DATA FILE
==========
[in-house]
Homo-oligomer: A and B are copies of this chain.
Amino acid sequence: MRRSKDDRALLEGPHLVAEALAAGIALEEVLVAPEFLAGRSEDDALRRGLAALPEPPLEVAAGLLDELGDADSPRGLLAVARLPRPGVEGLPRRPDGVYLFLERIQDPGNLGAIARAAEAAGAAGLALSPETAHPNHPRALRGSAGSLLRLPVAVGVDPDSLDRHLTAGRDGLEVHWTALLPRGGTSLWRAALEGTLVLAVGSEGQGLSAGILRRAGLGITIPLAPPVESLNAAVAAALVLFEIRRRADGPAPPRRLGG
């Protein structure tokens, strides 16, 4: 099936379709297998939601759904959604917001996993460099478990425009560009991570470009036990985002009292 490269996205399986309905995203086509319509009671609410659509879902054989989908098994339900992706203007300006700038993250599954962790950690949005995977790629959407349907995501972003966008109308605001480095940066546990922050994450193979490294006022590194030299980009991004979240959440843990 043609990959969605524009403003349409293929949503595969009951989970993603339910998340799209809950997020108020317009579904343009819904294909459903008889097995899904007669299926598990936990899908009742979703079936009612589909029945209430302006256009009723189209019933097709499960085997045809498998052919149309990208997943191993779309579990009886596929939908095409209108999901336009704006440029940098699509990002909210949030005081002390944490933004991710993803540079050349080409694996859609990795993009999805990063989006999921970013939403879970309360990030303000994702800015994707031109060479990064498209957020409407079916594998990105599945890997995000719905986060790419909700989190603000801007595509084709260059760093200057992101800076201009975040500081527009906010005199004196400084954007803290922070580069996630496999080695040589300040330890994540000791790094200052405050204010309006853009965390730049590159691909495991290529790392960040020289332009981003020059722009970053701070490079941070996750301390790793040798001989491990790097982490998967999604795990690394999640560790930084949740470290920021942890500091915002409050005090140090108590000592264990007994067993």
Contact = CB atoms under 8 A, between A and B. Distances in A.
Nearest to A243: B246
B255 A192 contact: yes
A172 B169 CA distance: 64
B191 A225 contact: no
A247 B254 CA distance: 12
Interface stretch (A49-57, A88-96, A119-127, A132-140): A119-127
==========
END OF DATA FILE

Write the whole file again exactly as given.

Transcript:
[in-house]
Homo-oligomer: A and B are copies of this chain.
Amino acid sequence: MRRSKDDRALLEGPHLVAEALAAGIALEEVLVAPEFLAGRSEDDALRRGLAALPEPPLEVAAGLLDELGDADSPRGLLAVARLPRPGVEGLPRRPDGVYLFLERIQDPGNLGAIARAAEAAGAAGLALSPETAHPNHPRALRGSAGSLLRLPVAVGVDPDSLDRHLTAGRDGLEVHWTALLPRGGTSLWRAALEGTLVLAVGSEGQGLSAGILRRAGLGITIPLAPPVESLNAAVAAALVLFEIRRRADGPAPPRRLGG
């Protein structure tokens, strides 16, 4: 099936379709297998939601759904959604917001996993460099478990425009560009991570470009036990985002009292 490269996205399986309905995203086509319509009671609410659509879902054989989908098994339900992706203007300006700038993250599954962790950690949005995977790629959407349907995501972003966008109308605001480095940066546990922050994450193979490294006022590194030299980009991004979240959440843990 043609990959969605524009403003349409293929949503595969009951989970993603339910998340799209809950997020108020317009579904343009819904294909459903008889097995899904007669299926598990936990899908009742979703079936009612589909029945209430302006256009009723189209019933097709499960085997045809498998052919149309990208997943191993779309579990009886596929939908095409209108999901336009704006440029940098699509990002909210949030005081002390944490933004991710993803540079050349080409694996859609990795993009999805990063989006999921970013939403879970309360990030303000994702800015994707031109060479990064498209957020409407079916594998990105599945890997995000719905986060790419909700989190603000801007595509084709260059760093200057992101800076201009975040500081527009906010005199004196400084954007803290922070580069996630496999080695040589300040330890994540000791790094200052405050204010309006853009965390730049590159691909495991290529790392960040020289332009981003020059722009970053701070490079941070996750301390790793040798001989491990790097982490998967999604795990690394999640560790930084949740470290920021942890500091915002409050005090140090108590000592264990007994067993």
Contact = CB atoms under 8 A, between A and B. Distances in A.
Nearest to A243: B246
B255 A192 contact: yes
A172 B169 CA distance: 64
B191 A225 contact: no
A247 B254 CA distance: 12
Interface stretch (A49-57, A88-96, A119-127, A132-140): A119-127